The real issue is liquidity not leverage. As long as a company is liquid it can’t go bankrupt and as they say profit is an opinion and cash is a fact. The regulations should be focusing on mismatches between maturies for liabilities and assets.

Posted by Danny_Black | Report as abusive

Let it be clear that the trashing and watering down of the bill is a bipartisan effort.

“How N.Y. Dems united on Wall St. bill”
http://www.politico.com/news/stories/061 0/39140.html

Wall Street’s people in Washington are and have long been Democrats, starting with the congressional delegations of New York. Who else is taking care of his constituents? How about the author of the bill himself, Chris Dodd, who’s Connecticut has a private sector that is close to 50% finance related?

The bill is garbage and it is the fault (goal?) of the authors. We all have seen Ritholtz’s report card which give the bill a C-.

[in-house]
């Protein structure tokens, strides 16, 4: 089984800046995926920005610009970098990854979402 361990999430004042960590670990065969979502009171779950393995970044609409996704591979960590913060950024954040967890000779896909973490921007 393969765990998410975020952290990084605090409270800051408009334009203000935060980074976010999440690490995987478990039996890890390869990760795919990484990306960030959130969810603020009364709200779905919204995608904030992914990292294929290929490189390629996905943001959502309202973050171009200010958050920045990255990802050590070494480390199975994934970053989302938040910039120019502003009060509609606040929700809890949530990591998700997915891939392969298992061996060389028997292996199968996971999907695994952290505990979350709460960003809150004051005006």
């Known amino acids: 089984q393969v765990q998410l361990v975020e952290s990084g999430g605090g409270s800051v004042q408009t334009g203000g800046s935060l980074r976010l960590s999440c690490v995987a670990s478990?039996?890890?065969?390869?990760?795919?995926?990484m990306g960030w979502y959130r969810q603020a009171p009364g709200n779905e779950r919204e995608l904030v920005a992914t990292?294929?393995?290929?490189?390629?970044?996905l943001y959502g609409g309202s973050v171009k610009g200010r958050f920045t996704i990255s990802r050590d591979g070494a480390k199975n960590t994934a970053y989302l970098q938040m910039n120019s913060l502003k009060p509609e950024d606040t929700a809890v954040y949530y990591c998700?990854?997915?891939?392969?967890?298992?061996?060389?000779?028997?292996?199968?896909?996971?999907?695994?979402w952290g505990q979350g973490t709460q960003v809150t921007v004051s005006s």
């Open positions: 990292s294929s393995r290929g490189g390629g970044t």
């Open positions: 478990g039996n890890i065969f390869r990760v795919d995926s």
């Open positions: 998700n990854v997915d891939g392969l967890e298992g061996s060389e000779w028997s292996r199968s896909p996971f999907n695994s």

http://www.ritholtz.com/blog/2010/06/gra ding-financial-regulatory-reform/

It is worse than doing nothing because it ends the discussion of regulatory reform. The main ‘improvement’ is tightening of lending standards, but the market took care of that already anyway.

Posted by DanHess | Report as abusive

You’re right about the mealy-mouthed bipartisanship involved, Dan (Hess, not the weirdo). It’s the same chickenspit mentality that dare say nothing about the cost to the American taxpayer of Pentagon excess to the tune for 2011 of over $1.6Trillion, incl. $400Billion in interest for past profligacy. It’s the biggest thing giving Government a bad name, making even this failed financial regulatory Bill look uproariously successful by comparison.

Of course, when s’orlrightreally-ists like that other Dan (the excitable one) say they only feel like they spent $600Billion on war games, it just goes to show that they’re really getting nowhere near their money’s worth.

America has a military problem. But you’re right to point out that it also has a bipartisan problem when it comes to asking and telling what the military and the so-called banks of Wall Street keep costing this country. It’s almost as if they really want you to know how much they’re capable of wasting.

Posted by HBC | Report as abusive